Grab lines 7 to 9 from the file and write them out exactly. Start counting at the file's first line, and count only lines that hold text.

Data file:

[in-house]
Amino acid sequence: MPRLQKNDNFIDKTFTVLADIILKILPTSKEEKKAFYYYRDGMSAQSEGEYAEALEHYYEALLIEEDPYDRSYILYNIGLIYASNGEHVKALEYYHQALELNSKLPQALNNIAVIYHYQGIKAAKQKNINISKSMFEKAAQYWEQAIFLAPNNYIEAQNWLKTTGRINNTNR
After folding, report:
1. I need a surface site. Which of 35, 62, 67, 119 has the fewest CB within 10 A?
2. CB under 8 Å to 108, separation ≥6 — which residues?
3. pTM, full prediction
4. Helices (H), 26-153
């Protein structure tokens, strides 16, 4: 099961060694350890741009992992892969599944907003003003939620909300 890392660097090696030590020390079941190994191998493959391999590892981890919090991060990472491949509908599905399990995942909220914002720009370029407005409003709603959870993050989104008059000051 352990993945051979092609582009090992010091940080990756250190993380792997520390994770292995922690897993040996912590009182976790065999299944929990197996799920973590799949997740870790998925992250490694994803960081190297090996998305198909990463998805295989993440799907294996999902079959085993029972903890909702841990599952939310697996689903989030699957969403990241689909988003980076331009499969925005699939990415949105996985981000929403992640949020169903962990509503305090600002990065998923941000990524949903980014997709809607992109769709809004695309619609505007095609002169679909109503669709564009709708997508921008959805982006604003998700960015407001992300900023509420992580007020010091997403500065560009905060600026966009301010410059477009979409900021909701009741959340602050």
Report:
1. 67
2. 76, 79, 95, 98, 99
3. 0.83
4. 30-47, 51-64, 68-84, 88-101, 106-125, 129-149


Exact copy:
4. Helices (H), 26-153
């Protein structure tokens, strides 16, 4: 099961060694350890741009992992892969599944907003003003939620909300 890392660097090696030590020390079941190994191998493959391999590892981890919090991060990472491949509908599905399990995942909220914002720009370029407005409003709603959870993050989104008059000051 352990993945051979092609582009090992010091940080990756250190993380792997520390994770292995922690897993040996912590009182976790065999299944929990197996799920973590799949997740870790998925992250490694994803960081190297090996998305198909990463998805295989993440799907294996999902079959085993029972903890909702841990599952939310697996689903989030699957969403990241689909988003980076331009499969925005699939990415949105996985981000929403992640949020169903962990509503305090600002990065998923941000990524949903980014997709809607992109769709809004695309619609505007095609002169679909109503669709564009709708997508921008959805982006604003998700960015407001992300900023509420992580007020010091997403500065560009905060600026966009301010410059477009979409900021909701009741959340602050």
Report: